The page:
There are different kinds of exchange rates, and the most common of these are nominal and real exchange rates. While they both refer to the rate at which we convert one currency into another, there are significant differences between them.
Looking at their names reveals very little about what they are, how they work, and how they are determined, so we will take a look under the hood and explain what it’s all about.
Nominal exchange rate
The nominal exchange rate (NER) is the exchange rate that we all know about. It is the exchange rate at which we swap one currency for another, or in other words, the exchange rate of one country’s currency to another – how many units of currency A are needed to purchase one unit of currency B or vice versa.
For example, if the exchange rate between the pound (GBR) and the US dollar (USD) is 1.39, then you can purchase 1.39 US dollars for £1.00. Similarly, you can buy £1.00 for $1.39.
While that is all very straightforward, the foreign exchange market is a little more complex than that. Exchange rates can change very quickly, and there are two different nominal exchange rates – a nominal exchange rate for buying (bid) and a nominal exchange rate for selling (ask).
Real exchange rate
Often there are significant differences in the cost of goods and services in different countries. For instance, in the United States, the price of a standard iPhone 12 is $799, while in the UK, the price is £799.
Given the nominal exchange rate between the two currencies is £1.00 = $1.39, it would appear substantially cheaper to buy your phone in the US. The difference would go a good way towards paying for your flight to New York.
Of course, it’s not quite as simple as that. But it’s clear that the dollar’s purchasing power is significantly higher than the pound, at least when it comes to smartphones.
Real exchange rates attempt to express the actual purchasing power of currency A relative to the true purchasing power of currency B. In other words, the real exchange rate expresses how much goods and services in one country can be exchanged for the same goods and services in another country.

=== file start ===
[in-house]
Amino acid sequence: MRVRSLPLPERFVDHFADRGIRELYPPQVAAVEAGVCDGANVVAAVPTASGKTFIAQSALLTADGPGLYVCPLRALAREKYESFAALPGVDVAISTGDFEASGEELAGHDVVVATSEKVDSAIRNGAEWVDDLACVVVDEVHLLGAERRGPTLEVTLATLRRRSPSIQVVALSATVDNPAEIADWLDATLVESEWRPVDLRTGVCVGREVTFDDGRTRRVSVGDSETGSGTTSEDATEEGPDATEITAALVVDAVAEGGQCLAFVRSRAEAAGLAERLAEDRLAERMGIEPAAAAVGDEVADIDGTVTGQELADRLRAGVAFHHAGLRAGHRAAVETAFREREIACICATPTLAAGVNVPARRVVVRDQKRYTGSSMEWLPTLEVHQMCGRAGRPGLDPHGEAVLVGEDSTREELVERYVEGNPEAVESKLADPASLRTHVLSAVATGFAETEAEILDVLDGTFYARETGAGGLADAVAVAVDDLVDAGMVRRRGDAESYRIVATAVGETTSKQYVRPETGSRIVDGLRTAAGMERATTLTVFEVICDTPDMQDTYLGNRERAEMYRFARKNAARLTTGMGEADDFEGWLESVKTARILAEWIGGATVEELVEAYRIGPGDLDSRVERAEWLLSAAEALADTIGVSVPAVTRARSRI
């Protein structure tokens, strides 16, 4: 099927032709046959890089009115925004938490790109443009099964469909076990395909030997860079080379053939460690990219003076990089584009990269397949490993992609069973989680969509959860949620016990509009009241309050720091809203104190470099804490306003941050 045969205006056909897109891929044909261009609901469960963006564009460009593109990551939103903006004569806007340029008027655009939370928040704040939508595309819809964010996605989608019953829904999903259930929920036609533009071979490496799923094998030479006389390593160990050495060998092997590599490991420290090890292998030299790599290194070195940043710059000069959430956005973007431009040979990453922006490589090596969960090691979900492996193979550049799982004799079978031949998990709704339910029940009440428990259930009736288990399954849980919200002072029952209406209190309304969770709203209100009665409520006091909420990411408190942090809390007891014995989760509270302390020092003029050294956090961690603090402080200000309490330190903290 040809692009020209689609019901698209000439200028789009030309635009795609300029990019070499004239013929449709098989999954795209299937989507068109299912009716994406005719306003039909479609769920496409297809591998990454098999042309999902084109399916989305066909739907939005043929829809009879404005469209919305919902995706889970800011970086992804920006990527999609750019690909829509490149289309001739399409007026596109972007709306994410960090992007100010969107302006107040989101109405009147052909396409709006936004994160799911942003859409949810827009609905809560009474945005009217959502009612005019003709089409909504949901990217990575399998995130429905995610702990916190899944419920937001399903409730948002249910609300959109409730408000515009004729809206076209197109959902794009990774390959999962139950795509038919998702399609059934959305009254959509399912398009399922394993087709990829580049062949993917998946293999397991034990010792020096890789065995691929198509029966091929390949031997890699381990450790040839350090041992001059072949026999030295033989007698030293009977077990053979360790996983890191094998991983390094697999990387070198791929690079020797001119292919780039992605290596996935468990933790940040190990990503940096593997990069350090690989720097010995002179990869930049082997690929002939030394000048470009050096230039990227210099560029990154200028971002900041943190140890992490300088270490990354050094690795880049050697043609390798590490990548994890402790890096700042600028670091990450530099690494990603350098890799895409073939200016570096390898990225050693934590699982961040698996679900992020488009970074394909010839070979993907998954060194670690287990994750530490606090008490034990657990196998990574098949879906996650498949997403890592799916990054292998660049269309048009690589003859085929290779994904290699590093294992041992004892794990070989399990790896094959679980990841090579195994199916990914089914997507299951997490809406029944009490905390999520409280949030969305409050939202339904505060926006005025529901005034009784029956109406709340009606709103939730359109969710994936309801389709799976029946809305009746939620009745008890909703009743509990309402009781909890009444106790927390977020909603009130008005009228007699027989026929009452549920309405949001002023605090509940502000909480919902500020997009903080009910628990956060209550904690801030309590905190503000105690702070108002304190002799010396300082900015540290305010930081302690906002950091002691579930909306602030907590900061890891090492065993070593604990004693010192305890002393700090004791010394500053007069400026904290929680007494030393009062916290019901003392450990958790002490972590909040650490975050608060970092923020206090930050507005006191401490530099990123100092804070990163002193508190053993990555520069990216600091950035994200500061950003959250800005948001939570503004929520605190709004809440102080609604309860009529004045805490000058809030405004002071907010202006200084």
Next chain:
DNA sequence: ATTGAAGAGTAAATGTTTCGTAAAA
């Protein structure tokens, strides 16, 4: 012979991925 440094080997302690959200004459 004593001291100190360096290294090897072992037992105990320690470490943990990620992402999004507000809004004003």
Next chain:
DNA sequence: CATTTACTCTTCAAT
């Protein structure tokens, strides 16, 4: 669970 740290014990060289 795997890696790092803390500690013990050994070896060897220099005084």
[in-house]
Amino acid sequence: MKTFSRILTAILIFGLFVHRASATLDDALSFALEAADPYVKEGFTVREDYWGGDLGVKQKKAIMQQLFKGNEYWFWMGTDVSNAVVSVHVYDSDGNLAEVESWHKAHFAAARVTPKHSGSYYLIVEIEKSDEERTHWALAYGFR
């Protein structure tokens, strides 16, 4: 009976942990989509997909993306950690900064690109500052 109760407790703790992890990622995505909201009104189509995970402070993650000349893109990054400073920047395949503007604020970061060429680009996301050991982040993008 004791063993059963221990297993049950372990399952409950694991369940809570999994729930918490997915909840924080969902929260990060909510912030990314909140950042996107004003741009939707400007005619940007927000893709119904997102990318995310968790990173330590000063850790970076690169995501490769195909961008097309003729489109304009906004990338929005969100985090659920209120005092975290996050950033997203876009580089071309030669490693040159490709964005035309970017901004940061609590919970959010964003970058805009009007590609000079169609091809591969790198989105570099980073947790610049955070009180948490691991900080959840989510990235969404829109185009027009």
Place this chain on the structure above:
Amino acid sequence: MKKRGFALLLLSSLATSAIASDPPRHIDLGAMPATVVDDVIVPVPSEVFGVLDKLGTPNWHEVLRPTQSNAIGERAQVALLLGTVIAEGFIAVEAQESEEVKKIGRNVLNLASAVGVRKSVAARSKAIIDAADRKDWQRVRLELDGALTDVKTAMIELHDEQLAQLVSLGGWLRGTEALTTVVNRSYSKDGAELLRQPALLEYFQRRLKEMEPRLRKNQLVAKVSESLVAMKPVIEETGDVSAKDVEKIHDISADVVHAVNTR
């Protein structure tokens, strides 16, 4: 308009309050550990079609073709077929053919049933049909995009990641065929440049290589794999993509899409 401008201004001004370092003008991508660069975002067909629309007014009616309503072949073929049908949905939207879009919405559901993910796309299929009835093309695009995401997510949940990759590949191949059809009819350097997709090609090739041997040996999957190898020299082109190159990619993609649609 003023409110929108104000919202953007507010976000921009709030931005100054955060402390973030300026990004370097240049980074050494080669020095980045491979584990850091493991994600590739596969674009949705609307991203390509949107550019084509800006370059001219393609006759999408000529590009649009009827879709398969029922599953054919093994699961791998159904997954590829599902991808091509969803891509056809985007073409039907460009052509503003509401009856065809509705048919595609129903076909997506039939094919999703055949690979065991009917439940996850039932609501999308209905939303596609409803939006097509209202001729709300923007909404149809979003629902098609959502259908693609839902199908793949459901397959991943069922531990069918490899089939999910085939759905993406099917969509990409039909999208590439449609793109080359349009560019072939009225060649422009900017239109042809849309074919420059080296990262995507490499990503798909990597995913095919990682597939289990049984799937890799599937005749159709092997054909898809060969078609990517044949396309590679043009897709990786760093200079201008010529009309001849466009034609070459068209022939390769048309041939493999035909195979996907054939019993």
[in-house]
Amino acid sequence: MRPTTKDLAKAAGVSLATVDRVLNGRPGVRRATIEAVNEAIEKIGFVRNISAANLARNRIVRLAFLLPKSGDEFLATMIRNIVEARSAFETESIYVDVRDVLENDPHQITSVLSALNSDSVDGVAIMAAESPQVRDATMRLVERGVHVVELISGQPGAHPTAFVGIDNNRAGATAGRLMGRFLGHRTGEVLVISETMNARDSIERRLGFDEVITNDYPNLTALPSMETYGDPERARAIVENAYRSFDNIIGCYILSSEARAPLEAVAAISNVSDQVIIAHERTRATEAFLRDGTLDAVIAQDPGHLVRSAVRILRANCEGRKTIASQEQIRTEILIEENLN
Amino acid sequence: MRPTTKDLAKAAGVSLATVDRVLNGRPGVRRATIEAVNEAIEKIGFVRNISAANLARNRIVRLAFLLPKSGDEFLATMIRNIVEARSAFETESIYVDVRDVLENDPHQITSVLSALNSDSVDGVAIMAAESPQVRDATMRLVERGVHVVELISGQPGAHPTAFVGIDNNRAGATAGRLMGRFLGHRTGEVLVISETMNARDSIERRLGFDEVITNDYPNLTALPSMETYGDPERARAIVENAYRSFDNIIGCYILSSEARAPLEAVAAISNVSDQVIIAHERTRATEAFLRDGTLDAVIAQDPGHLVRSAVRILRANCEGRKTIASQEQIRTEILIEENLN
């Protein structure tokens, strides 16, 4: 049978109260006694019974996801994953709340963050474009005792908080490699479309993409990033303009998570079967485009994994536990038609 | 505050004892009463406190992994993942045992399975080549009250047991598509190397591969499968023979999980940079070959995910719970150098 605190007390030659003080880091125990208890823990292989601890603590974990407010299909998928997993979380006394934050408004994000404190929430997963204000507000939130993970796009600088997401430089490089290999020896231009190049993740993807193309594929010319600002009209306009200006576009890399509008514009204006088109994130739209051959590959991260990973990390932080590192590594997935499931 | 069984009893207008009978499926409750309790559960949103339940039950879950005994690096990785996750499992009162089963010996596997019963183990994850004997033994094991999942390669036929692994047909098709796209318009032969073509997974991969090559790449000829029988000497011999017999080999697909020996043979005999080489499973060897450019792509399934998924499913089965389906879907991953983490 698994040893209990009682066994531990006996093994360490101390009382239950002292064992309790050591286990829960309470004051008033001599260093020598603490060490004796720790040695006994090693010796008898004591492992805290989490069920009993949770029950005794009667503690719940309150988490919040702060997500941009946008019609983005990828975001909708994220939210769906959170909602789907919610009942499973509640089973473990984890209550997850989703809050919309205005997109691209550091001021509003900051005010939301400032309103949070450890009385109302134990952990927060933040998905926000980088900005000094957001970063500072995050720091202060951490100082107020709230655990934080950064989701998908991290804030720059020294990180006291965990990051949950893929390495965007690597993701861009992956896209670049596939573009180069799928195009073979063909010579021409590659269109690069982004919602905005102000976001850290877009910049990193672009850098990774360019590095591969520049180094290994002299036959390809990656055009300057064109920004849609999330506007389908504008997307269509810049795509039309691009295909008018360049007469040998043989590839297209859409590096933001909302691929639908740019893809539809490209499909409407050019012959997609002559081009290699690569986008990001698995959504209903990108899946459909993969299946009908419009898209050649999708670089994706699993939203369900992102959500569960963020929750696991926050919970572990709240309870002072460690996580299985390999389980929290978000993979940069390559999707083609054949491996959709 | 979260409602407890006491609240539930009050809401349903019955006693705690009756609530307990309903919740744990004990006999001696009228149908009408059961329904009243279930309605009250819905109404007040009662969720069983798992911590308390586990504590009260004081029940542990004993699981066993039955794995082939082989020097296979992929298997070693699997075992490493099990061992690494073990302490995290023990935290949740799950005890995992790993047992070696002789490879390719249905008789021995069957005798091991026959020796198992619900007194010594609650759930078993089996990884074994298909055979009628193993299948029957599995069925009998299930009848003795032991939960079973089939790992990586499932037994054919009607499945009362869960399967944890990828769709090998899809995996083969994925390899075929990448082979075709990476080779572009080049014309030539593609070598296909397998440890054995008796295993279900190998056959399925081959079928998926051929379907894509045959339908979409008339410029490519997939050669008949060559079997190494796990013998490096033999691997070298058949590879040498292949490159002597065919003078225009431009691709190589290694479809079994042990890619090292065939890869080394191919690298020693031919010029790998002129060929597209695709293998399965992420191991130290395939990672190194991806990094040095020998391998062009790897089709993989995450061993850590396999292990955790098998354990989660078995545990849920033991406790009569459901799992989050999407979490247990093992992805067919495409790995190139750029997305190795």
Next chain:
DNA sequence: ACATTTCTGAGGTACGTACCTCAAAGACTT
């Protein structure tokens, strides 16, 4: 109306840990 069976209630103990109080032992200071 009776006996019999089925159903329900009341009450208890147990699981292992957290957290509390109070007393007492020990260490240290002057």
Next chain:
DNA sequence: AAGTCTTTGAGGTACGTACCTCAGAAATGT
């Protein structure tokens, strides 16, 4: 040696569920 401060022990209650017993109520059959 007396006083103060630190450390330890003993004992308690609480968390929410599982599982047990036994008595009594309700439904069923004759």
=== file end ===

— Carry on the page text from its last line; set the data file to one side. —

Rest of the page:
To calculate the real exchange rate, we use the nominal exchange rate to express the relative prices of goods and services in the two countries in the same currency.
To calculate the real exchange rate: Let nominal exchange rate = NER and real exchange rate = RER
Then RER = NER x (price of domestic good)/(price of foreign good)
As an example, let’s use the iPhone 12 we mentioned above and assume that the NER of GBP to USD is 1:1.39
Thus the RER is 1.49 x (799/799) which is 1.49, so in this example, the NER = RER. But of course, this is an unrealistic example, as Apple has set the dollar price of the phone in the US to the same number of currency units as the pound price in the UK.
In the real world, when we wish to calculate the RER, rather than using the price of a good, we use the consumer price index. Effectively this means that we compare the price of a basket of goods from one country with the price of a basket of similar goods from another country.
Thus, we can use the RER to compare the value of exports and imports. If the RER is high, then goods from that country are relatively cheap. If the RER is low, then goods from that country are relatively expensive. This difference impacts the balance of trade. When the RER is low, we are likely to buy fewer imported goods than when the RER is high.
Real effective exchange rate
Yet another measure of exchange rates is the real effective exchange rate (REER), which indicates the degree of alignment between currencies. The REER is the weighted average of one country’s currency to a retail price index (or basket of goods) of other major currencies. The weightings reflect the relative trade balances between countries.
While this does get quite complicated, it is an important measure that provides an insight into a country’s trading position.